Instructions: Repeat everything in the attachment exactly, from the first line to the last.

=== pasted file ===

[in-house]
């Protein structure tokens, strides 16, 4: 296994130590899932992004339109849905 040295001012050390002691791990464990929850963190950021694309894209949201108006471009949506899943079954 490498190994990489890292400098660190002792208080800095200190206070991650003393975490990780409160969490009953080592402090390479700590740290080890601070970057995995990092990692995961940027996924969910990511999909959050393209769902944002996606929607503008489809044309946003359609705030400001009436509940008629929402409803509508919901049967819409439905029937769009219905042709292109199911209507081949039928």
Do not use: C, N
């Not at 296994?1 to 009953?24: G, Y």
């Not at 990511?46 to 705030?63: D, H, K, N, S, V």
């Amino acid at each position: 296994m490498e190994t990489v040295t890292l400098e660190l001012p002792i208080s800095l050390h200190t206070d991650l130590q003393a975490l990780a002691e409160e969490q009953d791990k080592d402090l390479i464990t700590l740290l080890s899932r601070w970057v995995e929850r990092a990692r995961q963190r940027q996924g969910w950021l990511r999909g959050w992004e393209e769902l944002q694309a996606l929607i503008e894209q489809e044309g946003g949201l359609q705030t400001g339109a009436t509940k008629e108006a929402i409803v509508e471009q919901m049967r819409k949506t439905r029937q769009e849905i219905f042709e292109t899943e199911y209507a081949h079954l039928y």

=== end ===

[in-house]
């Protein structure tokens, strides 16, 4: 296994130590899932992004339109849905 040295001012050390002691791990464990929850963190950021694309894209949201108006471009949506899943079954 490498190994990489890292400098660190002792208080800095200190206070991650003393975490990780409160969490009953080592402090390479700590740290080890601070970057995995990092990692995961940027996924969910990511999909959050393209769902944002996606929607503008489809044309946003359609705030400001009436509940008629929402409803509508919901049967819409439905029937769009219905042709292109199911209507081949039928």
Do not use: C, N
């Not at 296994?1 to 009953?24: G, Y």
């Not at 990511?46 to 705030?63: D, H, K, N, S, V």
């Amino acid at each position: 296994m490498e190994t990489v040295t890292l400098e660190l001012p002792i208080s800095l050390h200190t206070d991650l130590q003393a975490l990780a002691e409160e969490q009953d791990k080592d402090l390479i464990t700590l740290l080890s899932r601070w970057v995995e929850r990092a990692r995961q963190r940027q996924g969910w950021l990511r999909g959050w992004e393209e769902l944002q694309a996606l929607i503008e894209q489809e044309g946003g949201l359609q705030t400001g339109a009436t509940k008629e108006a929402i409803v509508e471009q919901m049967r819409k949506t439905r029937q769009e849905i219905f042709e292109t899943e199911y209507a081949h079954l039928y």